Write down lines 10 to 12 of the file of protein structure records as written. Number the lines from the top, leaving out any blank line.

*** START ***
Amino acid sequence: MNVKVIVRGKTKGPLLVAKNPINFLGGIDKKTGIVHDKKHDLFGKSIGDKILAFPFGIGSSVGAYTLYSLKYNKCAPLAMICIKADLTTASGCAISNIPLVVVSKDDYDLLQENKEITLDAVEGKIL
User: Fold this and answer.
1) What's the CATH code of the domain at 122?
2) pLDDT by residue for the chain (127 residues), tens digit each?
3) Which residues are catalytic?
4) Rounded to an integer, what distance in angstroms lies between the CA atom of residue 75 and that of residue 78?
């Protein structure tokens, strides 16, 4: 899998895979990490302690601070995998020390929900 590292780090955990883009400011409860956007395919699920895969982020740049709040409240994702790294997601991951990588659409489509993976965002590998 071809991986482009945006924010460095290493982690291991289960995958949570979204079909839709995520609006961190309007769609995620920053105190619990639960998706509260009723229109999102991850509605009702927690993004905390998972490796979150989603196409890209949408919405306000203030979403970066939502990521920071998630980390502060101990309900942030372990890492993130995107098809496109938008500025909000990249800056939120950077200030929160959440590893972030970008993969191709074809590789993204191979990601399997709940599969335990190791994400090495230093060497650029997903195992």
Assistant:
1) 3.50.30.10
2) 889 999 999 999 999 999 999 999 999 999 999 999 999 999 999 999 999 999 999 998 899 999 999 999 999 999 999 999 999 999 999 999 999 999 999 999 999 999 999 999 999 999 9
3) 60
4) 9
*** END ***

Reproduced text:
2) 889 999 999 999 999 999 999 999 999 999 999 999 999 999 999 999 999 999 999 998 899 999 999 999 999 999 999 999 999 999 999 999 999 999 999 999 999 999 999 999 999 999 9
3) 60
4) 9